A $107 million redevelopment of Club Banora is the only way to stave off certain closure, Tweed Shire Council has been told.
As part of the plan, sections of the club grounds are to be sliced off to make way for shops and a retirement home.
The Council was recently told the club has been struggling financially for years, has never been hugely popular and usually appears relatively empty of patrons. Its golf course is also below par because of the poorly draining soil it was built on.
It is hoped the massive redevelopment will save the club, which employs 41 people and injects more than $9 million a year into the Tweed economy.
Twin Towns Services Club, which built Club Banora in the early 1980s toward the end of the Tweed club industry’s financial heyday when poker machines were banned in Queensland, says it ‘no longer has the ability to subsidise the club ‘in its current format’.
Twin Towns has told council the redevelopment is necessary to avoid ‘closing the club indefinitely’.
A recent report to Tweed councillors says the viability of the club as a stand-alone entity in the Twin Towns group has come under considerable pressure ‘because of significant changes in the club industry relating to poker machines, indoor smoking and increased taxation’.
The club’s top storey was closed just over a year ago to help stem the financial losses.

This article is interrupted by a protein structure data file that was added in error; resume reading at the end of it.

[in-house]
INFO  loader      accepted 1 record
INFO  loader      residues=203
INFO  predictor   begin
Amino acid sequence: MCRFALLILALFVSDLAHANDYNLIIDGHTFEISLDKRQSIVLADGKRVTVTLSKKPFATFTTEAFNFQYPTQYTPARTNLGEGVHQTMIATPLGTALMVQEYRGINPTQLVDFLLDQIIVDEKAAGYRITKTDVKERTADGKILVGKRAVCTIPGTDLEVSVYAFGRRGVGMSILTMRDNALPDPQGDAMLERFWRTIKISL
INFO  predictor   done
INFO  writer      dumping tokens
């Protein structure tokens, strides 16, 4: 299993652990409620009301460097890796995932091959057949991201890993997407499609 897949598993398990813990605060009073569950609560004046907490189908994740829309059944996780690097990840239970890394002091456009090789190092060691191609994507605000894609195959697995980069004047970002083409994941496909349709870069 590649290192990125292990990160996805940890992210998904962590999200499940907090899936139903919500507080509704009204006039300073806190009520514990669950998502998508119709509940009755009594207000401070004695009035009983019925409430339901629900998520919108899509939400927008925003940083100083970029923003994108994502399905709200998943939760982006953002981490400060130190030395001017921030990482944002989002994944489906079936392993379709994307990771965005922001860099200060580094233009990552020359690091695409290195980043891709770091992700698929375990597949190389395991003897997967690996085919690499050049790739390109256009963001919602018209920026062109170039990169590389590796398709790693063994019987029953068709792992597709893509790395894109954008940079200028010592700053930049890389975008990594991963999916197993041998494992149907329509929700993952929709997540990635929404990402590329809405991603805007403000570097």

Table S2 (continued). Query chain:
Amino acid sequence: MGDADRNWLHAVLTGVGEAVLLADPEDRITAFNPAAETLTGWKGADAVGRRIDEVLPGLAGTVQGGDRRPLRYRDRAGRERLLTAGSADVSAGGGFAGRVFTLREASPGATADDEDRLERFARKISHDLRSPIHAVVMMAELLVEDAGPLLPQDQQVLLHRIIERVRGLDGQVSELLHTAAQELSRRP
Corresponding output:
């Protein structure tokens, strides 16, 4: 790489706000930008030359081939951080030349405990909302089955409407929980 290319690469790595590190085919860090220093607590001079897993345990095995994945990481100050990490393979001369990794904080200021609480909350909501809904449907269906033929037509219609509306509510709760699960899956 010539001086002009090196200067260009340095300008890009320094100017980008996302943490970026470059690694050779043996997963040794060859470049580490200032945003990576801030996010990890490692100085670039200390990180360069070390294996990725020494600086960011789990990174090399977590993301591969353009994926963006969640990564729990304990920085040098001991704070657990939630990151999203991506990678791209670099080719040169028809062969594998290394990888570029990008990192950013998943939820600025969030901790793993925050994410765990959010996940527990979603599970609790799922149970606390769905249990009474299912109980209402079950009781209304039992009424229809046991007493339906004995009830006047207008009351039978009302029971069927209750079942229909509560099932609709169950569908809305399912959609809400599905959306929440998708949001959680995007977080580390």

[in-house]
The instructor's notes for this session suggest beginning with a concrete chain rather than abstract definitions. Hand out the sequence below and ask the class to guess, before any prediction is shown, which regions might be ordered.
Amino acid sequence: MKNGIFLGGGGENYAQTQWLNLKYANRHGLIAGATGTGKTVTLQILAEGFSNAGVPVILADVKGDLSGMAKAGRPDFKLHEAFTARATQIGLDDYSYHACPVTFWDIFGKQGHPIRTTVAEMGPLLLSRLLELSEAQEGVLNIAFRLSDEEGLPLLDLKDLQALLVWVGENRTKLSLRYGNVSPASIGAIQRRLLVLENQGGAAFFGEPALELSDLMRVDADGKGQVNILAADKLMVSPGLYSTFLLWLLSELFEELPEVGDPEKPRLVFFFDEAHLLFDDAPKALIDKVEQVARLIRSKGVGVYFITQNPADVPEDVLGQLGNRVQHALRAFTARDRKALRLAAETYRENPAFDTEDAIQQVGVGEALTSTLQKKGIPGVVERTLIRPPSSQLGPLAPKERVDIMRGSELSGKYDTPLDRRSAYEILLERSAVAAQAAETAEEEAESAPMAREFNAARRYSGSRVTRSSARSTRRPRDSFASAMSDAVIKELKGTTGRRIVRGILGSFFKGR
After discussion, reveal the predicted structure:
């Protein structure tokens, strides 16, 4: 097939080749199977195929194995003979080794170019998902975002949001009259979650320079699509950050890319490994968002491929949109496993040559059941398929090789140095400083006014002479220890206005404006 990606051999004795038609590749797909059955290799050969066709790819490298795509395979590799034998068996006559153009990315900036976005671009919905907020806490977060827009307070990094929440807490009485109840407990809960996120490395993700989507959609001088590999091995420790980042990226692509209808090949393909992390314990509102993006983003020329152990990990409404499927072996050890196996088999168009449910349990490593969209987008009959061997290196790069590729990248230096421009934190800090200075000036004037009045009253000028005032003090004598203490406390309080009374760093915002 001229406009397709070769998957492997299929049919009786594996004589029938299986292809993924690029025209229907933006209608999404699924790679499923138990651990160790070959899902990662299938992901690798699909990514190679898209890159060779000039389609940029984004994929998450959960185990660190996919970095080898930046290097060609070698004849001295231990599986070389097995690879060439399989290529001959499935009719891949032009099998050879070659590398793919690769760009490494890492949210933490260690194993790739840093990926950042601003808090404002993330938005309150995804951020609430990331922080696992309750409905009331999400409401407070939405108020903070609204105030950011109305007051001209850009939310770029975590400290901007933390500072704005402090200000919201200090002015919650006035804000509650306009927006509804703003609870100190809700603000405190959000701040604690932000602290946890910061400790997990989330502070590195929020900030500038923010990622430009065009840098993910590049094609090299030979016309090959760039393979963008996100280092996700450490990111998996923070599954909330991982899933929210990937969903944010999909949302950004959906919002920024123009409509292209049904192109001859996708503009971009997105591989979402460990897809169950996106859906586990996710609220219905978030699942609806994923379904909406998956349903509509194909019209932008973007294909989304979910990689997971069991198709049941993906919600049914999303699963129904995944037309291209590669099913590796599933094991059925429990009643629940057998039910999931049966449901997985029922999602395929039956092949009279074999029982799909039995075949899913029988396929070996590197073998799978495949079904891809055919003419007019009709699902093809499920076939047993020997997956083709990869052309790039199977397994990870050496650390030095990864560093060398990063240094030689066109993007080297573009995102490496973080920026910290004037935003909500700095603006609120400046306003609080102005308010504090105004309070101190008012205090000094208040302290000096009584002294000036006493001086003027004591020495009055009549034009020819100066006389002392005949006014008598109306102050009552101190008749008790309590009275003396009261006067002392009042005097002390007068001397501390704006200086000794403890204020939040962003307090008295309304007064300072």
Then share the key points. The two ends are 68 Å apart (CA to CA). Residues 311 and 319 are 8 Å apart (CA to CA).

Retail and aged-persons component
The report also says that ‘a key element of the redevelopment is the inclusion of a retail and aged-persons component to generate the necessary cash flows to fund the redevelopment’.
The proposed redevelopment includes:
1. creating a smaller building partly suspended over the existing lake
2. relocation of the tennis courts and bowling greens
3. a 5,000-square metre retail development adjacent to Leisure Drive, with supermarket and specialty shops
4. a retirement home covering 11,000 square metres of the club
5. reconfiguration of the car park, which currently can cope with 700 vehicles.
Shire councillors were urged to allow the club to fund private planning consultants to help speed up the redevelopment to avoid the ‘loss of a broad range of public amenities’ including a heated swimming pool.
Council planners will oversee the work of the private consultants in a process recently approved by the state government to allow faster rezonings.
Shire planning staff have been in discussions about the redevelopment since late 2009 and recommended the move allowing the private planners to speed up the approval process because, they said, of the club’s ‘prevailing difficult financial position’.
The club has already ‘invested substantially in the preparation of application documentation and studies’.
Councillors were told the club’s poor financial situation had been confirmed by accountancy firm KPMG.
Club Banora is built on 60 hectares of land, much of it flood prone.